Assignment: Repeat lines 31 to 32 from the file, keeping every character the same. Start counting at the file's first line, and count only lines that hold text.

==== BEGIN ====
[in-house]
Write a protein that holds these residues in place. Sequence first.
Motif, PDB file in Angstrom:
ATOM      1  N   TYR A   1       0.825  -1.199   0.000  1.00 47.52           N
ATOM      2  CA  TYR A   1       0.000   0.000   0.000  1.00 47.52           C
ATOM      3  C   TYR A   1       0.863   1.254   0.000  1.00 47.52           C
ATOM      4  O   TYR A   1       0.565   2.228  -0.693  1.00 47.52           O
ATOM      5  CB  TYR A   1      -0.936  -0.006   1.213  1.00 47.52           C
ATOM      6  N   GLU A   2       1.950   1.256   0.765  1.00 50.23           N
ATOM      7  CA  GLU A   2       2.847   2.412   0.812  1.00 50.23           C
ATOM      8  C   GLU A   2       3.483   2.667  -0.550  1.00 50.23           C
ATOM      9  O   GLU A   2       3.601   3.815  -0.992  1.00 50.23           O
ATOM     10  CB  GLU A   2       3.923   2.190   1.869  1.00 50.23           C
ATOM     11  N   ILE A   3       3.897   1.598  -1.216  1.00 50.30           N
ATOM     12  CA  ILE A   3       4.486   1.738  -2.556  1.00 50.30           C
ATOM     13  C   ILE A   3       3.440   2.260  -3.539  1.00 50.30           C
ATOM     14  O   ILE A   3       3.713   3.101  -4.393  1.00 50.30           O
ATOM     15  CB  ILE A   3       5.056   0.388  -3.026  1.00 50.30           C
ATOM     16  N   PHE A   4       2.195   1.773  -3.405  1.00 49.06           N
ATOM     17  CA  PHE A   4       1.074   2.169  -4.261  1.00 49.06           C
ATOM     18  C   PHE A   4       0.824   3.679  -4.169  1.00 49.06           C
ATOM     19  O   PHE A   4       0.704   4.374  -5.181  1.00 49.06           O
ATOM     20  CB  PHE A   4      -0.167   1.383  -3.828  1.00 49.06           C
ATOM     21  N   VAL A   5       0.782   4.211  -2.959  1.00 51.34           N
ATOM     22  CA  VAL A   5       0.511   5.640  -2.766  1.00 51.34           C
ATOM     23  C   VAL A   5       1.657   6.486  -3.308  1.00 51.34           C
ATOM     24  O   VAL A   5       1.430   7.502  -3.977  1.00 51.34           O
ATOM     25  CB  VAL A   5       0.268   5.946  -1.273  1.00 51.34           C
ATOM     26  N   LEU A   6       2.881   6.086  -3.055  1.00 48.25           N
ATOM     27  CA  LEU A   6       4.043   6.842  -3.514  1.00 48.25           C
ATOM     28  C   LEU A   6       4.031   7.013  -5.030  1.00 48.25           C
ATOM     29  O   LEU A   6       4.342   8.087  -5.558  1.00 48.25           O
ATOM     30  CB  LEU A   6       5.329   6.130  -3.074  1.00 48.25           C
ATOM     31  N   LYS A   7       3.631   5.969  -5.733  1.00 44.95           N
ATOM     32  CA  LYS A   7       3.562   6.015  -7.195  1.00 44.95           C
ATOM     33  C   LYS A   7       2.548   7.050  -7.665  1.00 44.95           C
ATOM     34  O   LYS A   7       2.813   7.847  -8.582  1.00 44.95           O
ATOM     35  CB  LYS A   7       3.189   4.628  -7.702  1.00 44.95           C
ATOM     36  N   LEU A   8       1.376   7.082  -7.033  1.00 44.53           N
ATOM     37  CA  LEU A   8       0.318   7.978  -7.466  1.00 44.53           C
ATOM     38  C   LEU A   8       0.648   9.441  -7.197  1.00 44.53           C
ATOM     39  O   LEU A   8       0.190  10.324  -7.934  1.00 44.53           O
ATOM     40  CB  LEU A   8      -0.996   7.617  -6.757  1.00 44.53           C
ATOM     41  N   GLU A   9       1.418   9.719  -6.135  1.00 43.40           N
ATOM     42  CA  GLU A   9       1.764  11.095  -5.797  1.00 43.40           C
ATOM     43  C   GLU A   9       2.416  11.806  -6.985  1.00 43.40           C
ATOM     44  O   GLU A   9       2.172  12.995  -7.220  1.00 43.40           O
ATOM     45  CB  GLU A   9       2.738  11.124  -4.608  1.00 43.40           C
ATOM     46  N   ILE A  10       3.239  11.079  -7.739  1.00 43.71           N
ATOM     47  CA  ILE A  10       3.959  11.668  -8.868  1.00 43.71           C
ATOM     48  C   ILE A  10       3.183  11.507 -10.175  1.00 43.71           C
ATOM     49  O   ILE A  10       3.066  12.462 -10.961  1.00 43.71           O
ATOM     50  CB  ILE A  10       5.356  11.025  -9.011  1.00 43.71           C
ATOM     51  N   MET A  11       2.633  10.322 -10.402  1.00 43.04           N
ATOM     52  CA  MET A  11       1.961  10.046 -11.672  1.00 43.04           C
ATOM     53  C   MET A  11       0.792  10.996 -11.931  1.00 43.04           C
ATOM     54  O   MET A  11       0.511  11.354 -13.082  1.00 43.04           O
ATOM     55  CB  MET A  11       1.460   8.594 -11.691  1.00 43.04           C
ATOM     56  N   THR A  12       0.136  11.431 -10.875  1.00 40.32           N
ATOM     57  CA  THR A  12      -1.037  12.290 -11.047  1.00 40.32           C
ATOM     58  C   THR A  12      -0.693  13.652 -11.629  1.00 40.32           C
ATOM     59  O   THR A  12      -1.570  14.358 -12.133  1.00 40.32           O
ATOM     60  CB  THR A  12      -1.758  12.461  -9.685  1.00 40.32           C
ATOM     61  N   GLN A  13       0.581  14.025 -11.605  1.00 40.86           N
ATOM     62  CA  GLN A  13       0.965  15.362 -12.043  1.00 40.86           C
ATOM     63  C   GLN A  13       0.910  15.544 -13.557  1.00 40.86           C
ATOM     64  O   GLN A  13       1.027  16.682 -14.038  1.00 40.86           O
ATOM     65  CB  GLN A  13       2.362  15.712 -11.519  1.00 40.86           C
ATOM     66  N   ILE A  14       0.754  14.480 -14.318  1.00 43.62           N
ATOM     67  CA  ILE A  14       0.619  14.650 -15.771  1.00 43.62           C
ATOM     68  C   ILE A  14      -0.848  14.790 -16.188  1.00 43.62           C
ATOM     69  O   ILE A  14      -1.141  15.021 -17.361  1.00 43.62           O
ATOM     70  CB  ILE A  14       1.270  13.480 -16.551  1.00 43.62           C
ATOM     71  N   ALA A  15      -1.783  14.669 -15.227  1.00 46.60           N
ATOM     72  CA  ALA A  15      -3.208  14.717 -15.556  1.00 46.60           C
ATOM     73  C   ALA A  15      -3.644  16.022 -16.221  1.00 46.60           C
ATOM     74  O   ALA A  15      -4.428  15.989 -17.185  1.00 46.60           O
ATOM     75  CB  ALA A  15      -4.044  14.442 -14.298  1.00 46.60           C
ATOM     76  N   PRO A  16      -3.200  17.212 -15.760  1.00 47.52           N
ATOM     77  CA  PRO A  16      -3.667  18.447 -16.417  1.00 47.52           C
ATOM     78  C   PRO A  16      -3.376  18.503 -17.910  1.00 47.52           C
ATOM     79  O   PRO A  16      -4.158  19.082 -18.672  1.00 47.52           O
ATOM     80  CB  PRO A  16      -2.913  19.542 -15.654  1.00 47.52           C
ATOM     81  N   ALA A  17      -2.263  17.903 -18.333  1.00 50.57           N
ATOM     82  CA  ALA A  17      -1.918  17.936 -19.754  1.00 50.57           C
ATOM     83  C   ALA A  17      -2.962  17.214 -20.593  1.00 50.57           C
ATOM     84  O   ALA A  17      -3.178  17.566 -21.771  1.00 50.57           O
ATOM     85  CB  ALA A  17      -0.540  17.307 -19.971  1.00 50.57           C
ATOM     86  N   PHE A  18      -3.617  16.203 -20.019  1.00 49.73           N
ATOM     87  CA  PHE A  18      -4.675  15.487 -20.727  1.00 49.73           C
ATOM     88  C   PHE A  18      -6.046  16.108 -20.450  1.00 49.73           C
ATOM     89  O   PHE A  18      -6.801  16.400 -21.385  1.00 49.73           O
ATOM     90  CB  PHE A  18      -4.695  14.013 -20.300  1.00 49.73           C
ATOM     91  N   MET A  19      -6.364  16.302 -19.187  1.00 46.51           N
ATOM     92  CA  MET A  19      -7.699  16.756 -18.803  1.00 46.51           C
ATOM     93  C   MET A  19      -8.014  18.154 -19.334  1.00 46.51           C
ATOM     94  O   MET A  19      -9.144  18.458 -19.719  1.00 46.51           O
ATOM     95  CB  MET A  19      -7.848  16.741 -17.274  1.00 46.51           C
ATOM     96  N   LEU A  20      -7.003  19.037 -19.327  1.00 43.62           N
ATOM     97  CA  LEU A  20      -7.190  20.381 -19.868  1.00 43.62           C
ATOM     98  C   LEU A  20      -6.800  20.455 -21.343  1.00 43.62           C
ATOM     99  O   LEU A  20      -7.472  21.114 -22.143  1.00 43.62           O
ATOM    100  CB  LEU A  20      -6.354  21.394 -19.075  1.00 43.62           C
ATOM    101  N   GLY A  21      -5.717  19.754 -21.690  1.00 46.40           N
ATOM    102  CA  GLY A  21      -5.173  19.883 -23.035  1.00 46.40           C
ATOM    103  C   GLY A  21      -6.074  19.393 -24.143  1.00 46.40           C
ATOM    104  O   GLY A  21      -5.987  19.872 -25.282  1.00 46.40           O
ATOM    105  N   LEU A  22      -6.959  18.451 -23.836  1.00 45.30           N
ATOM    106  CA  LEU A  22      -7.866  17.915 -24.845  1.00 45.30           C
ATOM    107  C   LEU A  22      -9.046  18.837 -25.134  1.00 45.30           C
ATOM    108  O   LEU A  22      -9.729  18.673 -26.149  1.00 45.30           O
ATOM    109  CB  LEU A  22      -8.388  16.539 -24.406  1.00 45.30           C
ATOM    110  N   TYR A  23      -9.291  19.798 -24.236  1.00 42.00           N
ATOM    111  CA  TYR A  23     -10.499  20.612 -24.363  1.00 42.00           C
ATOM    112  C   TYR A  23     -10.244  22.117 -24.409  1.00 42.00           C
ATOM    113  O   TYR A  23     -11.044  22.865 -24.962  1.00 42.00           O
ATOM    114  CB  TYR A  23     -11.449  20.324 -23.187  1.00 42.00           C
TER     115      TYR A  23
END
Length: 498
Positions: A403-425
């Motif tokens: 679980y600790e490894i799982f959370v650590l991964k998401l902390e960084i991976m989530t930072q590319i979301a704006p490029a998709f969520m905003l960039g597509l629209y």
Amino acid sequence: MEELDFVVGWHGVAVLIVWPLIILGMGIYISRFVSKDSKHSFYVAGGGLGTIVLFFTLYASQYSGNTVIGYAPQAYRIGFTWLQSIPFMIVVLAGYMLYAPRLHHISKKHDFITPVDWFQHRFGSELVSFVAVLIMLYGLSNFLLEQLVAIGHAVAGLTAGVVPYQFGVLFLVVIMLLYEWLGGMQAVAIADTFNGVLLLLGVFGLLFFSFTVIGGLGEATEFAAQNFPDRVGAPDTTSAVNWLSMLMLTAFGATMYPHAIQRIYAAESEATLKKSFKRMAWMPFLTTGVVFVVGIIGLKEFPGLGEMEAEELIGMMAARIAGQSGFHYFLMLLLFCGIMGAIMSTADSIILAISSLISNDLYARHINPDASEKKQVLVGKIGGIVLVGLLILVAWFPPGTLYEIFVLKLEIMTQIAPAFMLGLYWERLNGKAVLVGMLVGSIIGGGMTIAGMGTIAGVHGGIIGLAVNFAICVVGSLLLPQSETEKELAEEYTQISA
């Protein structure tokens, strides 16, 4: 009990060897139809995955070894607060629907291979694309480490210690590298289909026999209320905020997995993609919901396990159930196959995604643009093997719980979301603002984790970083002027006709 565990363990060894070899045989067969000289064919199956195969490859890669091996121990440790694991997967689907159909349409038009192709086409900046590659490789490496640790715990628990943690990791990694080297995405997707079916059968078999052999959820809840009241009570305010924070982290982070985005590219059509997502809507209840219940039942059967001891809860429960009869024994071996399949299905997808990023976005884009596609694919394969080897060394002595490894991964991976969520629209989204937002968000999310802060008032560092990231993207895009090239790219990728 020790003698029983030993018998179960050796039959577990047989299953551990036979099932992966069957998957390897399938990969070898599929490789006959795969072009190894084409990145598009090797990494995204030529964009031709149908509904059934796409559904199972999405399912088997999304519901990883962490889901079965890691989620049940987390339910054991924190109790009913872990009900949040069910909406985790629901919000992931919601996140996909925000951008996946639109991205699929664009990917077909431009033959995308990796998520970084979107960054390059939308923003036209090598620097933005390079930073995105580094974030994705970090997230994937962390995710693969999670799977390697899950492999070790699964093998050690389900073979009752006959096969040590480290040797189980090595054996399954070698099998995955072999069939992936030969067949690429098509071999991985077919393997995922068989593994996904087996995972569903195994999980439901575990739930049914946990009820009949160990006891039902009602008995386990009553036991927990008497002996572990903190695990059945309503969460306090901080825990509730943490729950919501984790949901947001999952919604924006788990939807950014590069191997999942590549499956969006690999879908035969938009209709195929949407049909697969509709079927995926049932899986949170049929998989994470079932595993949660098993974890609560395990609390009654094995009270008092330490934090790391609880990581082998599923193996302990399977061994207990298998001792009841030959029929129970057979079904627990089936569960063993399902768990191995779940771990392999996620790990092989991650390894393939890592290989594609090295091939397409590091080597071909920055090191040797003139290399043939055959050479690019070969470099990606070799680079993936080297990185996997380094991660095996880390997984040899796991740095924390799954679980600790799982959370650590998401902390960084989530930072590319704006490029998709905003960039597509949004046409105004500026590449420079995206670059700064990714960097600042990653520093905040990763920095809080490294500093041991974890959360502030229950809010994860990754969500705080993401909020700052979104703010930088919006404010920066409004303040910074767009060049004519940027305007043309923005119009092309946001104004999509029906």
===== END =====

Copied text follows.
ATOM     28  C   LEU A   6       4.031   7.013  -5.030  1.00 48.25           C
ATOM     29  O   LEU A   6       4.342   8.087  -5.558  1.00 48.25           O